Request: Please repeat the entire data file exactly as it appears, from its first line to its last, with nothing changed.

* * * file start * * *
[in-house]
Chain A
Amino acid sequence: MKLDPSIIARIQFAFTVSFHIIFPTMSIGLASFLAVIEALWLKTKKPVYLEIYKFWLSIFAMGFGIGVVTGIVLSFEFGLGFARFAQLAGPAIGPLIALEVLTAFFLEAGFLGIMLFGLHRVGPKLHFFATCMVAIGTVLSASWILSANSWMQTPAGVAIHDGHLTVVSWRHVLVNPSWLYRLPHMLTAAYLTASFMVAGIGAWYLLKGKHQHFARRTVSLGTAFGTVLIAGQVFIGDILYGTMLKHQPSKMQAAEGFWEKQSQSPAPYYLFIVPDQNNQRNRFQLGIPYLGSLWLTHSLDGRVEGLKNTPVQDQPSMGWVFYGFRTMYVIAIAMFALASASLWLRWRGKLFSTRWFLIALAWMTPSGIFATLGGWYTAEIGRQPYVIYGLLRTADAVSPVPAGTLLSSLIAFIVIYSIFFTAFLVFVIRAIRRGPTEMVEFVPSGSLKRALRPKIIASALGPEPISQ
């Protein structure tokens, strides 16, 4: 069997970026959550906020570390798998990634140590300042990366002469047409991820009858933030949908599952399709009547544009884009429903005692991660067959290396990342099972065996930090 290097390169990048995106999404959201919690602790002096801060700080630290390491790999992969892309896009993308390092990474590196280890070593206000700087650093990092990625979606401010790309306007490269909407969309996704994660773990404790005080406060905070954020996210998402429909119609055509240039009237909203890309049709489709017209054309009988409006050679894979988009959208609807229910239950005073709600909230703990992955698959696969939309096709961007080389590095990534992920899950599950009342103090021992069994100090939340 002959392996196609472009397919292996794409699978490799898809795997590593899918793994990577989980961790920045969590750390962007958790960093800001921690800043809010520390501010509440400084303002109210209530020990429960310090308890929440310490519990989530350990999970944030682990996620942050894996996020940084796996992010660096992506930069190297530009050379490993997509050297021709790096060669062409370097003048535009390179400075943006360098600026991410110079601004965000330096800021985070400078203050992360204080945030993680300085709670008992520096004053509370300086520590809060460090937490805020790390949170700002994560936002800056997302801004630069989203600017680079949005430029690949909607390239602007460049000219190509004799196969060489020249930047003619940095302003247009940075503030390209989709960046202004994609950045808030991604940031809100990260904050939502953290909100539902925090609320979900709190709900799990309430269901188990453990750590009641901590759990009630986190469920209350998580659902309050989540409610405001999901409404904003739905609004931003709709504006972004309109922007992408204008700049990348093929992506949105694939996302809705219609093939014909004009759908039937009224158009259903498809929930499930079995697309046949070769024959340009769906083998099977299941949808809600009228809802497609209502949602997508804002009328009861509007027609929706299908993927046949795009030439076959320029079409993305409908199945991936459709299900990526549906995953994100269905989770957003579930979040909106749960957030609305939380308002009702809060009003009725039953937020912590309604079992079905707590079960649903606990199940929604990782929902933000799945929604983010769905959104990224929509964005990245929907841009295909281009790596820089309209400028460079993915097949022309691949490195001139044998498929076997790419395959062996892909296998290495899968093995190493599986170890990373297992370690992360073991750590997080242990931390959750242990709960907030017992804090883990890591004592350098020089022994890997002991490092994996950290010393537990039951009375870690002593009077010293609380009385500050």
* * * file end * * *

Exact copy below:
[in-house]
Chain A
Amino acid sequence: MKLDPSIIARIQFAFTVSFHIIFPTMSIGLASFLAVIEALWLKTKKPVYLEIYKFWLSIFAMGFGIGVVTGIVLSFEFGLGFARFAQLAGPAIGPLIALEVLTAFFLEAGFLGIMLFGLHRVGPKLHFFATCMVAIGTVLSASWILSANSWMQTPAGVAIHDGHLTVVSWRHVLVNPSWLYRLPHMLTAAYLTASFMVAGIGAWYLLKGKHQHFARRTVSLGTAFGTVLIAGQVFIGDILYGTMLKHQPSKMQAAEGFWEKQSQSPAPYYLFIVPDQNNQRNRFQLGIPYLGSLWLTHSLDGRVEGLKNTPVQDQPSMGWVFYGFRTMYVIAIAMFALASASLWLRWRGKLFSTRWFLIALAWMTPSGIFATLGGWYTAEIGRQPYVIYGLLRTADAVSPVPAGTLLSSLIAFIVIYSIFFTAFLVFVIRAIRRGPTEMVEFVPSGSLKRALRPKIIASALGPEPISQ
């Protein structure tokens, strides 16, 4: 069997970026959550906020570390798998990634140590300042990366002469047409991820009858933030949908599952399709009547544009884009429903005692991660067959290396990342099972065996930090 290097390169990048995106999404959201919690602790002096801060700080630290390491790999992969892309896009993308390092990474590196280890070593206000700087650093990092990625979606401010790309306007490269909407969309996704994660773990404790005080406060905070954020996210998402429909119609055509240039009237909203890309049709489709017209054309009988409006050679894979988009959208609807229910239950005073709600909230703990992955698959696969939309096709961007080389590095990534992920899950599950009342103090021992069994100090939340 002959392996196609472009397919292996794409699978490799898809795997590593899918793994990577989980961790920045969590750390962007958790960093800001921690800043809010520390501010509440400084303002109210209530020990429960310090308890929440310490519990989530350990999970944030682990996620942050894996996020940084796996992010660096992506930069190297530009050379490993997509050297021709790096060669062409370097003048535009390179400075943006360098600026991410110079601004965000330096800021985070400078203050992360204080945030993680300085709670008992520096004053509370300086520590809060460090937490805020790390949170700002994560936002800056997302801004630069989203600017680079949005430029690949909607390239602007460049000219190509004799196969060489020249930047003619940095302003247009940075503030390209989709960046202004994609950045808030991604940031809100990260904050939502953290909100539902925090609320979900709190709900799990309430269901188990453990750590009641901590759990009630986190469920209350998580659902309050989540409610405001999901409404904003739905609004931003709709504006972004309109922007992408204008700049990348093929992506949105694939996302809705219609093939014909004009759908039937009224158009259903498809929930499930079995697309046949070769024959340009769906083998099977299941949808809600009228809802497609209502949602997508804002009328009861509007027609929706299908993927046949795009030439076959320029079409993305409908199945991936459709299900990526549906995953994100269905989770957003579930979040909106749960957030609305939380308002009702809060009003009725039953937020912590309604079992079905707590079960649903606990199940929604990782929902933000799945929604983010769905959104990224929509964005990245929907841009295909281009790596820089309209400028460079993915097949022309691949490195001139044998498929076997790419395959062996892909296998290495899968093995190493599986170890990373297992370690992360073991750590997080242990931390959750242990709960907030017992804090883990890591004592350098020089022994890997002991490092994996950290010393537990039951009375870690002593009077010293609380009385500050």